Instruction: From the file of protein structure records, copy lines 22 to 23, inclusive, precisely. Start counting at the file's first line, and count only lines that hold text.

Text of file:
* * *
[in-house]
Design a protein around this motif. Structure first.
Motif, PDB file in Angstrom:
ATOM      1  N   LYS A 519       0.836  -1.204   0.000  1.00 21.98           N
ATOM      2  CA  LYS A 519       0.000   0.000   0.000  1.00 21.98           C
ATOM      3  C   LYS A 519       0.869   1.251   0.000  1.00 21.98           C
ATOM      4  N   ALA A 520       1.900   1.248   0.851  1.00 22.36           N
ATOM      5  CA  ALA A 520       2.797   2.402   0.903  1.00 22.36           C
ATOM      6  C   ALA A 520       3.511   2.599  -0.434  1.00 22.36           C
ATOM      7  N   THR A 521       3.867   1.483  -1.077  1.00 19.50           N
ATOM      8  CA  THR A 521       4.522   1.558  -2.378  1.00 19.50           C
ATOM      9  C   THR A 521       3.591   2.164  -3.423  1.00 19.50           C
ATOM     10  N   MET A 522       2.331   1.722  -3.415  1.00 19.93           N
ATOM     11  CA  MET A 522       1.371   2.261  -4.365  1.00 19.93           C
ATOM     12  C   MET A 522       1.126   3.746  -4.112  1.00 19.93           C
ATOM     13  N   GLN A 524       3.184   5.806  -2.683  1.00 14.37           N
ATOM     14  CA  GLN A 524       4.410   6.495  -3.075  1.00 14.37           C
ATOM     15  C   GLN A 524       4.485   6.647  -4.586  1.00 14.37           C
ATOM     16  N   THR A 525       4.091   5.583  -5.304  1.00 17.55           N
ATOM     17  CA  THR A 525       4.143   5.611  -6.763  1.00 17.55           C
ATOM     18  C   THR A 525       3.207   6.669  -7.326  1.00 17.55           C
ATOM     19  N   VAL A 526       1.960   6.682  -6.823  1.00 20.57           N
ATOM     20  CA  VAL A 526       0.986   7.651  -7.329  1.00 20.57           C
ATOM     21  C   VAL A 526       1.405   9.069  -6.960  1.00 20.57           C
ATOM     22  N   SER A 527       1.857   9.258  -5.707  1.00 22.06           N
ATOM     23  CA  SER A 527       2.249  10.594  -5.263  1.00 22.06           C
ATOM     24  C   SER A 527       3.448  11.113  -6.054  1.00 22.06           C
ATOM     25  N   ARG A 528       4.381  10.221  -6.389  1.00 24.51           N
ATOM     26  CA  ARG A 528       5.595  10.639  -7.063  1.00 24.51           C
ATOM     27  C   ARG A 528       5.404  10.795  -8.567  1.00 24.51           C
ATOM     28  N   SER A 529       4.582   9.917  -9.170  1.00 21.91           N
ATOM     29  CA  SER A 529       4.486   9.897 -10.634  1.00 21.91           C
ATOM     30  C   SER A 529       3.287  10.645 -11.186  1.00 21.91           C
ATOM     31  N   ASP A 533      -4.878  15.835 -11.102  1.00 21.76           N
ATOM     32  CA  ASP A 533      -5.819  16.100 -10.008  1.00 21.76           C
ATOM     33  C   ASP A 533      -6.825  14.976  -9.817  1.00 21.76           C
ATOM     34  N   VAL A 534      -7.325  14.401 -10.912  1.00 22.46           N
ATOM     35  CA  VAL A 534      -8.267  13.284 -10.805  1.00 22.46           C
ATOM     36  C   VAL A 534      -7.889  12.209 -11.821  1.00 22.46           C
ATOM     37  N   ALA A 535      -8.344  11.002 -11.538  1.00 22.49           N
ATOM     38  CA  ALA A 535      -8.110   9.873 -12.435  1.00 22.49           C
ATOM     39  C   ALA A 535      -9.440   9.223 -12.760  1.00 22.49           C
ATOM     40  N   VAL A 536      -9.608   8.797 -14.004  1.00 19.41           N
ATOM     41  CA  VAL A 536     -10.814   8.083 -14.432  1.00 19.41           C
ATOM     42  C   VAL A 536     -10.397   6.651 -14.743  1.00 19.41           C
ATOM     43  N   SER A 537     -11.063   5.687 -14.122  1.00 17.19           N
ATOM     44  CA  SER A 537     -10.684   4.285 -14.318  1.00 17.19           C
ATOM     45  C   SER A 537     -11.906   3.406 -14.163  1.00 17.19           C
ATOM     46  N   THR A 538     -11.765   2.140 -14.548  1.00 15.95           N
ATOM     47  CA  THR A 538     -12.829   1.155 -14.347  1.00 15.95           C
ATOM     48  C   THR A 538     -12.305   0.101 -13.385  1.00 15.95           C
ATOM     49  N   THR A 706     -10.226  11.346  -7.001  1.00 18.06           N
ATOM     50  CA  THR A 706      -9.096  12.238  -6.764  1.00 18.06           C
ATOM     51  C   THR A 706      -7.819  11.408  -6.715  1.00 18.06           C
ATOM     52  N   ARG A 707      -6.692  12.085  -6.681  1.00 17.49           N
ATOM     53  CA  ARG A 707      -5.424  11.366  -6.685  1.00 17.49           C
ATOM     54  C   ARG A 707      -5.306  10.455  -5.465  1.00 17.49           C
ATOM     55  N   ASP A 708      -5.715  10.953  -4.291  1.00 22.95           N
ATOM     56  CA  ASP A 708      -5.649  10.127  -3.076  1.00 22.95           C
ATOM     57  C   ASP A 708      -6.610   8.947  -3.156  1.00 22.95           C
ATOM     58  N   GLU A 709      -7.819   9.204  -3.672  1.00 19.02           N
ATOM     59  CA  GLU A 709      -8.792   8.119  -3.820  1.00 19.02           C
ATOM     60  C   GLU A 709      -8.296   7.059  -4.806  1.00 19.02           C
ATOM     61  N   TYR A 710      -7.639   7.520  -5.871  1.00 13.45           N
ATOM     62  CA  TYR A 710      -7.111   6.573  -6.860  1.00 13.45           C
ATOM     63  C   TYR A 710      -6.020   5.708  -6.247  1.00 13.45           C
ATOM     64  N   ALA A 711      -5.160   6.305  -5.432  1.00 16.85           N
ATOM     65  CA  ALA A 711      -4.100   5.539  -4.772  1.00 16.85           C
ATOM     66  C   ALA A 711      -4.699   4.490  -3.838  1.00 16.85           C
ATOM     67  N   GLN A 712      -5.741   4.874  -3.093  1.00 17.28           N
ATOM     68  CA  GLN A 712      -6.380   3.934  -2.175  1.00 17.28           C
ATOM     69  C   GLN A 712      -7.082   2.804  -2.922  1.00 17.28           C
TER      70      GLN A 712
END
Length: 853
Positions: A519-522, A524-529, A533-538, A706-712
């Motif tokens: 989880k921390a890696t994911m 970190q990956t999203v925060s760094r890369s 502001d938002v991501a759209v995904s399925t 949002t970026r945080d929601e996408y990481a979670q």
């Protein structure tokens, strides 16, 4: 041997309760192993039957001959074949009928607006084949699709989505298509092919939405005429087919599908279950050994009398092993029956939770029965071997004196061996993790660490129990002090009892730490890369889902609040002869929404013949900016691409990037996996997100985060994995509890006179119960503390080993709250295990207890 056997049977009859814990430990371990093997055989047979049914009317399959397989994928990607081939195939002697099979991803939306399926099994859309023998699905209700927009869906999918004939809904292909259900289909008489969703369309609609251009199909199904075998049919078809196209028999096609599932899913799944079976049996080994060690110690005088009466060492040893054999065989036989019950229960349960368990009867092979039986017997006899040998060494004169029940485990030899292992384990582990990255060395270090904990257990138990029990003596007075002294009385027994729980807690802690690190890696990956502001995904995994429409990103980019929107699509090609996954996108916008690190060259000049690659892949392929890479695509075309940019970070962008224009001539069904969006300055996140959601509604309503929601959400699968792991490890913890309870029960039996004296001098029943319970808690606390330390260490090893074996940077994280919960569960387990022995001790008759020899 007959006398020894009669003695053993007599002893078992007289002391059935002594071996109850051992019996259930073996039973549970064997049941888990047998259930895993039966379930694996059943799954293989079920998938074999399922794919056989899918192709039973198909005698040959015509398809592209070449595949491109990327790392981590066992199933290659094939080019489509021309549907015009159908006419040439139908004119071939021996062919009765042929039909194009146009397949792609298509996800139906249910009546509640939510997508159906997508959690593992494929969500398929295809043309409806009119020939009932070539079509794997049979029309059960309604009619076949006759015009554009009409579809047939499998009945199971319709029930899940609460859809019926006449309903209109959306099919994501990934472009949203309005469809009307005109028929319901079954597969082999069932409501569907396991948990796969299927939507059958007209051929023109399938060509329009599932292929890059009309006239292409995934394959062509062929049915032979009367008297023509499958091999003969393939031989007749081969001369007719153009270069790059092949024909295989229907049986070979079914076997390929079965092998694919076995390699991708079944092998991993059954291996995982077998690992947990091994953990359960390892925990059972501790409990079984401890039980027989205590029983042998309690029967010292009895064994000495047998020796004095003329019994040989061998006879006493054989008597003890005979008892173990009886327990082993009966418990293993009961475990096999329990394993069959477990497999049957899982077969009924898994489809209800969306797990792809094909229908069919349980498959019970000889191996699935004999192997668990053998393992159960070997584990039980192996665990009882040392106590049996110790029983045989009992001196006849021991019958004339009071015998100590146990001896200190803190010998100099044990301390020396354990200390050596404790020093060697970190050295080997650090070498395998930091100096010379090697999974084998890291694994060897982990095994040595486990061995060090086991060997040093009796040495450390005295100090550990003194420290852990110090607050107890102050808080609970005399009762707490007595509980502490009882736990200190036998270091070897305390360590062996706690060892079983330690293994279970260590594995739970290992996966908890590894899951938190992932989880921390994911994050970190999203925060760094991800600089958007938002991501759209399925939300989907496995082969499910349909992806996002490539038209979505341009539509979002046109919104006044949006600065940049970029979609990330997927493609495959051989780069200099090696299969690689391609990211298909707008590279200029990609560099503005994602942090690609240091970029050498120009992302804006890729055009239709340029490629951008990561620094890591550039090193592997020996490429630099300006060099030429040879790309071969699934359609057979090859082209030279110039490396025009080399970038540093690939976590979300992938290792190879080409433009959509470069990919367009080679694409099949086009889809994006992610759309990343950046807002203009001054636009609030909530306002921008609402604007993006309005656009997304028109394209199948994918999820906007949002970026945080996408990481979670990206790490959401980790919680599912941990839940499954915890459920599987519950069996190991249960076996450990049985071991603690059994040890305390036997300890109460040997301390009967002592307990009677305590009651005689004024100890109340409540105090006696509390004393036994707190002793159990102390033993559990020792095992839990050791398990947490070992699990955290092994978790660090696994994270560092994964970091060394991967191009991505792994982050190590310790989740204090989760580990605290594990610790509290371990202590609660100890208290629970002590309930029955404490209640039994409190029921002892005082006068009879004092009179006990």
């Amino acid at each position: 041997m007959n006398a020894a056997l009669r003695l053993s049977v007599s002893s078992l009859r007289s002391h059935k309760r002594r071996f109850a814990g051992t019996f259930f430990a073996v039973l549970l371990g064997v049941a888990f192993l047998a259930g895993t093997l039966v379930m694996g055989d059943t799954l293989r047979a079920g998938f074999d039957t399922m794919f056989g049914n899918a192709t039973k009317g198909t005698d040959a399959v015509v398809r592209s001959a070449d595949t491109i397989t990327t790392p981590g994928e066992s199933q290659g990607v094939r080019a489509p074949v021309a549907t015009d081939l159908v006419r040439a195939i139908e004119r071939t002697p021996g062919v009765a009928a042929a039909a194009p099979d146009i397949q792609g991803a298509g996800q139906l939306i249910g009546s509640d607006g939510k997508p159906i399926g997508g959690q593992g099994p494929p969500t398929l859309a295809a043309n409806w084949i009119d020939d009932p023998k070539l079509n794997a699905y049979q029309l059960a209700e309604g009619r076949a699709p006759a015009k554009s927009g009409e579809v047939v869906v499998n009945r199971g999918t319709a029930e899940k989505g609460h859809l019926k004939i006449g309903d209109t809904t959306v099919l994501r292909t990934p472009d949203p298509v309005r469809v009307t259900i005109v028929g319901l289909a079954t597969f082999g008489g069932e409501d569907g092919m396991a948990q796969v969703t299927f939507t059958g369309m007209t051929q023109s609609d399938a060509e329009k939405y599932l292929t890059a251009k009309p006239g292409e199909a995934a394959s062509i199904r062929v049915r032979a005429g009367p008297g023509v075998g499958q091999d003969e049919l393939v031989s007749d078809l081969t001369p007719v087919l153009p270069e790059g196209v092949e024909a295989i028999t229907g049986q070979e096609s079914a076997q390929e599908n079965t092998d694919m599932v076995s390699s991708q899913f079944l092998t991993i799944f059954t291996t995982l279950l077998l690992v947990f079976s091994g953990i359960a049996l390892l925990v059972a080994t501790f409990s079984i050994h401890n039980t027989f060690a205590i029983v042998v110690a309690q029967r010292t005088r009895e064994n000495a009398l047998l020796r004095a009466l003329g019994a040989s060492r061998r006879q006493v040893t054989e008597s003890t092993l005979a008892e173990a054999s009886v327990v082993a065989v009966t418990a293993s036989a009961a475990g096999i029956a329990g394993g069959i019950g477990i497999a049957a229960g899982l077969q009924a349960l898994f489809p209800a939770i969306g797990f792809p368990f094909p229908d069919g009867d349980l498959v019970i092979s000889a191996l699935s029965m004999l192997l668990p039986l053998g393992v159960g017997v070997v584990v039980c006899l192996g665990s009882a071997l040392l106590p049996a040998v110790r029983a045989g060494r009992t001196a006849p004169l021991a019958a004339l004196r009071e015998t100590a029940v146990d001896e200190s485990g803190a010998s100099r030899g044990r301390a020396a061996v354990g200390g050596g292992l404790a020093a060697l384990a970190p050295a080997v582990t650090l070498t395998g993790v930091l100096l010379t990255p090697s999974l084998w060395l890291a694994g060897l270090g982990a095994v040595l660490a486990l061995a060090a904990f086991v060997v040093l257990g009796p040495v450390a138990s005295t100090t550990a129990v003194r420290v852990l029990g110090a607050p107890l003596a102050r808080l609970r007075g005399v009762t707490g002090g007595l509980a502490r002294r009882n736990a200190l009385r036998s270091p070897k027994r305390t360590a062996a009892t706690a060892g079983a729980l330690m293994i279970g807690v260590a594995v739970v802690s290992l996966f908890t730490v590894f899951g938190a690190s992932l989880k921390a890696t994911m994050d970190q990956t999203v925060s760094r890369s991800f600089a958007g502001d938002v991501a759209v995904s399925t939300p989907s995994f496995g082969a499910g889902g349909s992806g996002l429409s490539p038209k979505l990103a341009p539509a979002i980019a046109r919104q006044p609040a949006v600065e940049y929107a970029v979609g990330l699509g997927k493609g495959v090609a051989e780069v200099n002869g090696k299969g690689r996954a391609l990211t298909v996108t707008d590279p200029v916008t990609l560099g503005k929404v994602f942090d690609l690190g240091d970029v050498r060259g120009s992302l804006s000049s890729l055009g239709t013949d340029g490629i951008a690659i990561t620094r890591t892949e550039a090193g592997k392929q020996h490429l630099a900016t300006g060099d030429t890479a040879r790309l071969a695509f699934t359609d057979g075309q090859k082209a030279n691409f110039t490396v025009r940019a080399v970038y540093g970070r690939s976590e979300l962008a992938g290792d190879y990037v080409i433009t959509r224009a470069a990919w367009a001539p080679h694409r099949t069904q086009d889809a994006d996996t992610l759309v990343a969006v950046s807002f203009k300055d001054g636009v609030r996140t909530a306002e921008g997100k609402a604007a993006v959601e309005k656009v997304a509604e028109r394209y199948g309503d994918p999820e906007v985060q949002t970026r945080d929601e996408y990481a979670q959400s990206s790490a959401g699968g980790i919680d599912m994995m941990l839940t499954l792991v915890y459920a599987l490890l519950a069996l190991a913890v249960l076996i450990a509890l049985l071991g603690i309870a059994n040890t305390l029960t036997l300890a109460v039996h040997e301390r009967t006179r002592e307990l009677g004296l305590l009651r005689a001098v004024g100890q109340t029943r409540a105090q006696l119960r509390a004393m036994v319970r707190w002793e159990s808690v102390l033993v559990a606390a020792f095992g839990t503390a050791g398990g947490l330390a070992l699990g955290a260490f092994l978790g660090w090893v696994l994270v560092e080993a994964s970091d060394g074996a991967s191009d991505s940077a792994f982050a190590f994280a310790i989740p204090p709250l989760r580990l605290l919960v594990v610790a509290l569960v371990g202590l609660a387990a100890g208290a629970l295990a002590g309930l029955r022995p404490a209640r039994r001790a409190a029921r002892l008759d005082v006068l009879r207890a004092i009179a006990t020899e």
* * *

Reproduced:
ATOM     19  N   VAL A 526       1.960   6.682  -6.823  1.00 20.57           N
ATOM     20  CA  VAL A 526       0.986   7.651  -7.329  1.00 20.57           C